Late yesterday, December 28th, the Wikimedia Foundation board of trustees voted to remove one of its own members, Dr. James Heilman, from that governance body. Heilman, an emergency room physician from Canada, had just been appointed to the wiki board in only June 2015, with the backing of many hundreds of “votes” from the Wikipedia community of editors who were charged with nominating a representative member to the post. Heilman was noteworthy as an active advocate for bringing improvements and consistency to Wikipedia’s often sloppy articles about health and medicine. He had become a go-to media source, providing quotes when journalists were covering medical content in Wikipedia, so his name and commentary have appeared in The New York Times, BBC, CNBC, The Atlantic, CBC, and others.
His ouster from the Wikimedia Foundation (WMF) non-profit board came as a surprise, with Heilman himself announcing it to the world via a mailing list, apparently during the board meeting itself (according to Wikipedia co-founder and entrepreneurial ne’er-do-well, Jimmy Wales). As mentioned, because Heilman was so popular with the Wikipedia community, the board’s vaguely-worded and hasty non-explanation for Heilman’s dismissal brought on a wave of complaints from long-time activists in the Wikipedia cult. This left observers with the ability only to speculate about why the doctor had failed to get a clean bill of health from his fellow directors. Only one board member other than Heilman voted to retain him.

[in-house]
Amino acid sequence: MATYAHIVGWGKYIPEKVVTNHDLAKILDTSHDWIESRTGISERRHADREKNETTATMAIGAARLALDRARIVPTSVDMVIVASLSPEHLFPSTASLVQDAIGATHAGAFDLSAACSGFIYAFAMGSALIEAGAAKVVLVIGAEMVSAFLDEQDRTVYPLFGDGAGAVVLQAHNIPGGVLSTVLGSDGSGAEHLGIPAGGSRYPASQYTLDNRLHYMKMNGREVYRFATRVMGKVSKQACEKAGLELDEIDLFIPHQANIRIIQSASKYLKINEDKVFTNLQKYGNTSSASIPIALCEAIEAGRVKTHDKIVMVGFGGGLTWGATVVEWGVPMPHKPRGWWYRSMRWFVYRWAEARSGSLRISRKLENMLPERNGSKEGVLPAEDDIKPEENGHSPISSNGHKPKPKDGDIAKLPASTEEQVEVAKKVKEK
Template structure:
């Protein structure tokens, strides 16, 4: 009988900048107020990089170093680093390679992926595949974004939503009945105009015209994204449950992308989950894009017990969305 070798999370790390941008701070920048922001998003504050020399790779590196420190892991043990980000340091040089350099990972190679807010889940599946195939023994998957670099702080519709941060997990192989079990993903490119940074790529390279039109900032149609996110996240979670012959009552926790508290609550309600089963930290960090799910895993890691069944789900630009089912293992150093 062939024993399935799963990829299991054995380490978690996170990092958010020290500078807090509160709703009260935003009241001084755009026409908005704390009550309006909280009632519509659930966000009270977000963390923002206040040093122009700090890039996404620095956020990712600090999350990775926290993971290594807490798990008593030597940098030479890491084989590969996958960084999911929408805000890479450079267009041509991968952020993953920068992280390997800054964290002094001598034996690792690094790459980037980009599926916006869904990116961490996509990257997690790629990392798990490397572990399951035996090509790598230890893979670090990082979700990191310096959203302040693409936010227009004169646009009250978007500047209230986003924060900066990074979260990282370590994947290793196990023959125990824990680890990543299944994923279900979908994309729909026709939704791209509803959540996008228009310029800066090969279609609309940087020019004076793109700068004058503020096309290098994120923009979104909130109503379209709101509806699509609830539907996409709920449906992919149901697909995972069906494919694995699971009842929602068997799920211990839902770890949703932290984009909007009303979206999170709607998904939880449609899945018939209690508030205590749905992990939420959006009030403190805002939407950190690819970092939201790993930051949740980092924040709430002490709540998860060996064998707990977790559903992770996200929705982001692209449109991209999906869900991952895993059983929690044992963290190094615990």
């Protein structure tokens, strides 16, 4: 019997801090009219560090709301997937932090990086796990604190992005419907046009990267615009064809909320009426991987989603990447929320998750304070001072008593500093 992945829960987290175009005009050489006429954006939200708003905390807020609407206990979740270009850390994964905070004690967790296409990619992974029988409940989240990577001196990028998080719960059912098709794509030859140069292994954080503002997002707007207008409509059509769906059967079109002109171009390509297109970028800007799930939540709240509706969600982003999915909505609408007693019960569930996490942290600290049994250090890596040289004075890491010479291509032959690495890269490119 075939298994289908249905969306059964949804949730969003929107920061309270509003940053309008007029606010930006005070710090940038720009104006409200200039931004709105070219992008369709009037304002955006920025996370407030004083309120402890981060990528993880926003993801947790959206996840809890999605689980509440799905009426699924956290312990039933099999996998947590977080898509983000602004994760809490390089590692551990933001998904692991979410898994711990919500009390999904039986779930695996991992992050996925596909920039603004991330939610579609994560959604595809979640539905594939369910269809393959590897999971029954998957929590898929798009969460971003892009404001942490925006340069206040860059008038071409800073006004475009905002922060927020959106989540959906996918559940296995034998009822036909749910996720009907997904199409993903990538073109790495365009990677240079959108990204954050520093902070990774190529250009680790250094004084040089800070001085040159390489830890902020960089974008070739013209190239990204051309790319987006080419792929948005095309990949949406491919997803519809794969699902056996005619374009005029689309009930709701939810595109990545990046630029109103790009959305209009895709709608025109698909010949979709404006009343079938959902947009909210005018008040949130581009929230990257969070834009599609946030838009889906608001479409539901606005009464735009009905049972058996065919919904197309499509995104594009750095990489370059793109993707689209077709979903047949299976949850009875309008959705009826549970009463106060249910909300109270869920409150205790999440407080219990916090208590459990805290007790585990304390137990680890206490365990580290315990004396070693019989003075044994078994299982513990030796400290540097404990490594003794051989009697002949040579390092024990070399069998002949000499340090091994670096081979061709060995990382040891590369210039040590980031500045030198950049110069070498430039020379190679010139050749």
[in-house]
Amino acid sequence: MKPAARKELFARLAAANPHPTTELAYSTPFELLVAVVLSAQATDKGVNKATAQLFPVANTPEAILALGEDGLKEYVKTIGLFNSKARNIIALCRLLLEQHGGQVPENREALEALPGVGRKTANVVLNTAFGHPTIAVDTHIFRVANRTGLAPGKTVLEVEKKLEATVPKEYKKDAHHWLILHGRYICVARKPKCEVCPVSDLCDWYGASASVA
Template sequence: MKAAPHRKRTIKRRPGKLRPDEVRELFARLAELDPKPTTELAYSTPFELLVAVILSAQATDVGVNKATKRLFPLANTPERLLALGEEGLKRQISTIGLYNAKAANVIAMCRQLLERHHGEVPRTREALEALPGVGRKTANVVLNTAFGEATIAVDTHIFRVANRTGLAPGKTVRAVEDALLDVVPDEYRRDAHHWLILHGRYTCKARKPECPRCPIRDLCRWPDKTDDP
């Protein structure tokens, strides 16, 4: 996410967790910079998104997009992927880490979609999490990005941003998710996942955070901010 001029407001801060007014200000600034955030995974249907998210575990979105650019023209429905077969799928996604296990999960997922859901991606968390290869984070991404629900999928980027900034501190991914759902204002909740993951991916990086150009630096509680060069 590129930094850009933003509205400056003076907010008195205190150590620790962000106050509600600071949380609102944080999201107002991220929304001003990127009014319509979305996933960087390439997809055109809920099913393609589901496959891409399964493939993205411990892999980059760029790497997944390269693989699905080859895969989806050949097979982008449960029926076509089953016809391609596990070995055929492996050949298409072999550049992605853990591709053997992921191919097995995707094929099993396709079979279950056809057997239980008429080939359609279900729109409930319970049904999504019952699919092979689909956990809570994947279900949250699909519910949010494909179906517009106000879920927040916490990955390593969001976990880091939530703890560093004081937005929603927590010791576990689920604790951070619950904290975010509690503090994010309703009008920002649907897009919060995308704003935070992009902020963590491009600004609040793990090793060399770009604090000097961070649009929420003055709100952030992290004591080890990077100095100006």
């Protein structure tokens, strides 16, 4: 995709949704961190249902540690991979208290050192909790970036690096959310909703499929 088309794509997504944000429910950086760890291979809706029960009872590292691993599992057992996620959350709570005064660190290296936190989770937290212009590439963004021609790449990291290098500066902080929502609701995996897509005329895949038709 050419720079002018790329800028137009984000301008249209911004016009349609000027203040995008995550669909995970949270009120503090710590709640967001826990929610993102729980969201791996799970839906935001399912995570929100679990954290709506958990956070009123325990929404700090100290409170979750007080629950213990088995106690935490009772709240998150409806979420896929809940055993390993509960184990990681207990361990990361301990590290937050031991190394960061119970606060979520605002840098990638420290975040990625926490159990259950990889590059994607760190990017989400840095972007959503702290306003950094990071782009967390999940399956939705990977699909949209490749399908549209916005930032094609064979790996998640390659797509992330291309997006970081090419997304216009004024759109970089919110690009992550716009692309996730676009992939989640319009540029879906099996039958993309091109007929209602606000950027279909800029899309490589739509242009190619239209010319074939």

Because Dr. Heilman (on his personal time) had been rather aggressively hunting down and exposing apparently commercially-motivated editors on medical articles on Wikipedia, one observer theorized that the WMF may have received a corporate attorney’s complaint from a healthcare firm with deep pockets, which forced their hand. (For example, see this Atlantic article, regarding Heilman’s investigation of Medtronic.)
In a bit of a contradictory move, Dr. Heilman — who champions the cause of improving medical topic coverage on Wikipedia — in 2013 voted against a Wikipedia proposal to place a disclaimer at the top of important health-related articles, to warn readers not to rely on the contents for medical advice. Heilman argued that such a disclaimer would “clutter” the article, and that people “do not expect Wikipedia to be accurate”.
Now the mailing list community is hashing out whether the Wikimedia Foundation board even had the legal standing to remove a community-nominated representative from the board, according to Florida statute 617.0808 regarding the removal of directors. Some mild assurances have been presented by board members, that a more detailed explanation may be forthcoming from the board.